BACKGROUND: While links between disability and poverty are well established, there have been few longitudinal studies to clarify direction of causality, particularly among older adults in low and middle income countries. We aimed to study the effect of care dependence among older adult residents on the economic functioning of their households, in catchment area survey sites in Peru, Mexico and China. METHODS: Households were classified from the evolution of the needs for care of older residents, over two previous community surveys, as 'incident care', 'chronic care' or 'no care', and followed up three years later to ascertain economic outcomes (household income, consumption, economic strain, satisfaction with economic circumstances, healthcare expenditure and residents giving up work or education to care). RESULTS: Household income did not differ between household groups. However, income from paid work (Pooled Count Ratio pCR 0.88, 95% CI 0.78-1.00) and government transfers (pCR 0.80, 95% CI 0.69-0.93) were lower in care households. Consumption was 12% lower in chronic care households (pCR 0.88, 95% CI 0.77-0.99). Household healthcare expenditure was higher (pCR 1.55, 95% CI 1.26-1.90), and catastrophic healthcare spending more common (pRR 1.64, 95% CI 1.64-2.22) in care households. CONCLUSIONS: While endogeneity cannot be confidently excluded as an explanation for the findings, this study indicates that older people's needs for care have a discernable impact on household economics, controlling for baseline indicators of long-term economic status. Although living, typically, in multigenerational family units, older people have not featured prominently in global health and development agendas. Population ageing will rapidly increase the number of households where older people live, and their societal significance. Building sustainable long-term care systems for the future will require some combination of improved income security in old age; incentivisation of informal care through compensation for direct and opportunity costs; and development of community care services to support, and, where necessary, supplement or substitute the central role of informal caregivers.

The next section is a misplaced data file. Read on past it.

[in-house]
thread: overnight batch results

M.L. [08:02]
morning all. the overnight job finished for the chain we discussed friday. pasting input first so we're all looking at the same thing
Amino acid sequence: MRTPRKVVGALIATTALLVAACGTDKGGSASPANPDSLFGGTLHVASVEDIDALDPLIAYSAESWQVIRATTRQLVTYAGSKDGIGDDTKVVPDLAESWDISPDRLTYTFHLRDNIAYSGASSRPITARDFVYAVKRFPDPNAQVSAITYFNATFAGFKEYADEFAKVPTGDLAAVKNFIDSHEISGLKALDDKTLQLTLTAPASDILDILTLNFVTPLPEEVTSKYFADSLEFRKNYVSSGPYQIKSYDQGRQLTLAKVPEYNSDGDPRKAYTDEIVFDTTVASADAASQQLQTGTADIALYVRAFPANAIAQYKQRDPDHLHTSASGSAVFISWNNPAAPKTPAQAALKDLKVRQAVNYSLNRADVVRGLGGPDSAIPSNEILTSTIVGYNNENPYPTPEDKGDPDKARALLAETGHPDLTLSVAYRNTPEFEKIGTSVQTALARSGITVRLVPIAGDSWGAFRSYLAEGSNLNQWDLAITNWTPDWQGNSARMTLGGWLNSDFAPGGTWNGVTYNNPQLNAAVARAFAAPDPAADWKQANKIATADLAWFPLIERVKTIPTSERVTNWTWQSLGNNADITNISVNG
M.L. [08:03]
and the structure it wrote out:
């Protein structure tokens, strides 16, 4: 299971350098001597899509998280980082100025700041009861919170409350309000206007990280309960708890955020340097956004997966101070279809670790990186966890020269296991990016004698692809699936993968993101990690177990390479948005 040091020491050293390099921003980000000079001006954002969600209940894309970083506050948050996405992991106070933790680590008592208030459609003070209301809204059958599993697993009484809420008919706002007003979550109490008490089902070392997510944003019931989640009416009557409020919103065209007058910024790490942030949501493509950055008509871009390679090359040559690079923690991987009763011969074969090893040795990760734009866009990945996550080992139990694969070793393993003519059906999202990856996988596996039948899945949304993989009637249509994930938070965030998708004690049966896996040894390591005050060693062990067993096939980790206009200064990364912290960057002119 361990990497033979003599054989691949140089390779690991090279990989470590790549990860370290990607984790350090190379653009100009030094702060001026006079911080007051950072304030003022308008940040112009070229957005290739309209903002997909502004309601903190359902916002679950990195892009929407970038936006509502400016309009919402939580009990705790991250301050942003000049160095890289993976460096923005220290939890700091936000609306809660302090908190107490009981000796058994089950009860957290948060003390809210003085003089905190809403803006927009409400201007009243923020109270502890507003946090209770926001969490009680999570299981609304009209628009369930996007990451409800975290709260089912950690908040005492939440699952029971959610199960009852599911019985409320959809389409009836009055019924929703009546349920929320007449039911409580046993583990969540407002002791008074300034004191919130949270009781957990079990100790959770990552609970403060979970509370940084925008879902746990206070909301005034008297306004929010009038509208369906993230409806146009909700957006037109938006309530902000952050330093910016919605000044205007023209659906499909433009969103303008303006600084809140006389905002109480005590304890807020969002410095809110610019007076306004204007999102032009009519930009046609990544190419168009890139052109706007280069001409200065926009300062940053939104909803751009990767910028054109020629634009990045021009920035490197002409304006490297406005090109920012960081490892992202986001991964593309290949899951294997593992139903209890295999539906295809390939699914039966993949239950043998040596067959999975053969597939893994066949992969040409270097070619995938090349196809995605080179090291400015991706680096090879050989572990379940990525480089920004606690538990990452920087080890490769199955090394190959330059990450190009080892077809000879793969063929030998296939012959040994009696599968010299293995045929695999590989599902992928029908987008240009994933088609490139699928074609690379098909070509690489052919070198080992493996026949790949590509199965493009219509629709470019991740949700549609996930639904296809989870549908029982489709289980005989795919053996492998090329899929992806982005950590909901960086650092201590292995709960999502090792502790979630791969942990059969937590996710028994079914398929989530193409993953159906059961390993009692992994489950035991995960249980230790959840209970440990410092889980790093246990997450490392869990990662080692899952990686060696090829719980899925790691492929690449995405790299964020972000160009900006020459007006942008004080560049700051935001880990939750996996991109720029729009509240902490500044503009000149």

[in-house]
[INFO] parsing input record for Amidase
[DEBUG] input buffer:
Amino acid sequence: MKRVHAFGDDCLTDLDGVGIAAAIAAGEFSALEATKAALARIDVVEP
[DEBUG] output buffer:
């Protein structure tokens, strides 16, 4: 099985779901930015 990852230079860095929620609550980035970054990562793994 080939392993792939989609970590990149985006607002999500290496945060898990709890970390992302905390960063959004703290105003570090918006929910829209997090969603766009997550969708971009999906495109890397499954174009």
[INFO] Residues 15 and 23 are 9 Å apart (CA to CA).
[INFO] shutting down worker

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7.

Childhood obesity in Mexico: social determinants of health and other risk factors.

Avelar Rodriguez, David; Toro Monjaraz, Erick Manuel; Ignorosa Arellano, Karen Rubi; Ramirez Mayans, Jaime
| Idioma(s): Inglés
Approximately 50 million children and adolescents in Latin America are affected by the childhood obesity pandemic. We present the case of a 5-year-old Mexican girl with obesity and gastro-oesophageal reflux disease (GORD), in whom prenatal, lifestyle and environmental risk factors were identified. Here, we demonstrate how childhood obesity is rooted since pregnancy and the perinatal stage, and how the social determinants of health like unsafe outdoor conditions, lack of infrastructure to exercise and a suboptimal physical activity curriculum in government schools strongly influence the development and maintenance of childhood obesity and complicate management.
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8.

Challenges on the epidemiological and economic burden of diabetes and hypertension in Mexico.

Arredondo, Armando; Orozco, Emanuel; Alcalde-Rabanal, Jaqueline; Navarro, Juan; Azar, Alejandra
| Idioma(s): Español; Inglés